When Jesus had finished all his words to the people,
he entered Capernaum.
A centurion there had a servant who was ill and about to die,
and he was valuable to him.
When he heard about Jesus, he sent elders of the Jews to him,
asking him to come and save the life of his servant.
They approached Jesus and strongly urged him to come, saying,
“He deserves to have you do this for him,
for he loves our nation and he built the synagogue for us.”
And Jesus went with them,
but when he was only a short distance from the house,
the centurion sent friends to tell him,
“Lord, do not trouble yourself,
for I am not worthy to have you enter under my roof.
Therefore, I did not consider myself worthy to come to you;
but say the word and let my servant be healed.
For I too am a person subject to authority,
with soldiers subject to me.
And I say to one, Go, and he goes;
and to another, Come here, and he comes;
and to my slave, Do this, and he does it.”
When Jesus heard this he was amazed at him
and, turning, said to the crowd following him,
“I tell you, not even in Israel have I found such faith.”
When the messengers returned to the house,
they found the servant in good health.

As an Army wife for 34 years I just love this account of Jesus and the Centurion. First, I admire his humility. He does not want Jesus to come to his home for he knows that, as a Roman, it will reflect badly on Jesus, socially and religiously. And so he sends word for Jesus not to come “under his roof.” But the Centurion, a military man, also knows how trusting your subordinates works. Part of the ideal relationship between a commander and his troops is the ability to delegate authority to those who work for you, whom you trust, when it is appropriate. In this situation, where the Centurion seemingly ‘knows better’ than Jesus what not to do (come to his home), the commander of troops illustrates how he thinks this saving of his servant could work.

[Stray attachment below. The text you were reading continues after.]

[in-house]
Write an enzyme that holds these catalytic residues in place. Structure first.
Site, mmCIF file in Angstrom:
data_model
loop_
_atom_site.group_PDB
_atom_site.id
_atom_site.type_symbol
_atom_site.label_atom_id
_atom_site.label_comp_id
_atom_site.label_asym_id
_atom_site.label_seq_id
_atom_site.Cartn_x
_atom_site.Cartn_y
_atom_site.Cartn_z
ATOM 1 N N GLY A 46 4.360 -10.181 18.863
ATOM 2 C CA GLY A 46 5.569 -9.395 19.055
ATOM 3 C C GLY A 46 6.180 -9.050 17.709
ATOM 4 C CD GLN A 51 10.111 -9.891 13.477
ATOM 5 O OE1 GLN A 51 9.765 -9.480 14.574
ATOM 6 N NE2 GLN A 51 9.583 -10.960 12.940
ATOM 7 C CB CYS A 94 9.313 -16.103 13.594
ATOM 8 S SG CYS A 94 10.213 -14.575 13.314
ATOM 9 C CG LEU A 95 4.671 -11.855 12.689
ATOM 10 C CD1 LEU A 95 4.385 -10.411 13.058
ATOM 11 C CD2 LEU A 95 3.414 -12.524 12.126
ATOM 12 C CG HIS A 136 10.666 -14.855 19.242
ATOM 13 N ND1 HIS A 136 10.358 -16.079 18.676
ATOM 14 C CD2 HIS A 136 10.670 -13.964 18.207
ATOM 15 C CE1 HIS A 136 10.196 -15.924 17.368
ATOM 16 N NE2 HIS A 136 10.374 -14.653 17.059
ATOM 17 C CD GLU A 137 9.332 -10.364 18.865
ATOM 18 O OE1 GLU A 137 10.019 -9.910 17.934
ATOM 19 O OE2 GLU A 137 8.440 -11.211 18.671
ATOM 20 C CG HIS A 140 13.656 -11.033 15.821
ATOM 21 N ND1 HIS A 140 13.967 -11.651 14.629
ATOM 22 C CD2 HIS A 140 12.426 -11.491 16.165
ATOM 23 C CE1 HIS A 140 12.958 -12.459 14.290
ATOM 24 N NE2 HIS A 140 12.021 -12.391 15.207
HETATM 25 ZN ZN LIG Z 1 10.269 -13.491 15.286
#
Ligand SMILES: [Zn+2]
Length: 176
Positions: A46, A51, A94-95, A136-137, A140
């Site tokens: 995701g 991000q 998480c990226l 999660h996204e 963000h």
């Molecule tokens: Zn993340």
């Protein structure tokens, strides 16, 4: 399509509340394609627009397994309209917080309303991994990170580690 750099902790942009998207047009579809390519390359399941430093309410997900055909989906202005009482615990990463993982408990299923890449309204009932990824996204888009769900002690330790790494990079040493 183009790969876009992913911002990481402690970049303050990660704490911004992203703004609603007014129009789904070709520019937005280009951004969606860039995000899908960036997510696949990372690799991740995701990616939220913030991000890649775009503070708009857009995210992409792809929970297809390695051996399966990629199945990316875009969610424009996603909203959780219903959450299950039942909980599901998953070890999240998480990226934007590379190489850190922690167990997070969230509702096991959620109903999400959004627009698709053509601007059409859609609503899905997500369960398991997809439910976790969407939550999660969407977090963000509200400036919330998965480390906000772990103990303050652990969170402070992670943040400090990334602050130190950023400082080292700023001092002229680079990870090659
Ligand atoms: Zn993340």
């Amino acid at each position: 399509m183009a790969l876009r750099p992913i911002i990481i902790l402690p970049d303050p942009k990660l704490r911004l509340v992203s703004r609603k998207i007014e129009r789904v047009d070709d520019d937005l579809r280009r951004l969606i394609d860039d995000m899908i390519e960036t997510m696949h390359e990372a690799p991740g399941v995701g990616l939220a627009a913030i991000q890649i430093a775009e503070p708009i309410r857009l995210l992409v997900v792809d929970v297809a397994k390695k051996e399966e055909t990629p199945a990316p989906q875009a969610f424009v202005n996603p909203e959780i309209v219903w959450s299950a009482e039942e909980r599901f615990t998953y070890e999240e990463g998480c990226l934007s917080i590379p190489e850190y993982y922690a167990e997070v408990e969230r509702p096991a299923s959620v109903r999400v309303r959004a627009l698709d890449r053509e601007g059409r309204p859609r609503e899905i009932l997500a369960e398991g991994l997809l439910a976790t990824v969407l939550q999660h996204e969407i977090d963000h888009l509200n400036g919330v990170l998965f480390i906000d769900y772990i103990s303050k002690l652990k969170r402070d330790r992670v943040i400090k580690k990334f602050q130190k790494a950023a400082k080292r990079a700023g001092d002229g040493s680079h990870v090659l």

With little understanding of Jesus’ healing power (for none of us knows well how these things occur other than God’s grace, least of all this non-believer), but a great understanding of obedience, trust, and the expectation that orders will be followed, the Centurion just knows (has faith) that Jesus can heal his servant without actually seeing the sick man.

Jesus marvels at the faith of this Roman soldier who does not share the faith of the people of Israel, though it is obvious he respects it. Jesus states, basically, that this ‘idol worshipper’ has more faith in God than His own people do. Or perhaps, more precisely, the Centurion has more of an understanding of how the Power of God ‘works’ in our world. He knows from personal experience that a word from the ‘man in charge’ of other men will be carried out to the letter, that the one in command needn’t even consider whether it will be done according to his word. It will be, because he said so.

And that’s how the Word of God works in a transcendent way. The Centurion is able to make the leap of comparing his mere mortal transaction with regard to obedience from subordinates to God’s Word being obeyed by the laws of nature and of the spiritual realm. Those who seek out Jesus to come to the Centurion’s home tell Jesus that the Centurion “loves our nation” and built their local synagogue. Perhaps he was not as much an ‘idol worshipper’ as most of the Romans of that time. Perhaps, through being stationed at Capernaum with his men, the commander has come to appreciate the culture, which is inextricably tied up with the religion, of the Jewish people. And, as he “loves” their nation, as is so often the case with modern Soldiers, he has most probably come to know and love the locals, so very different from people he’s ever known in his life.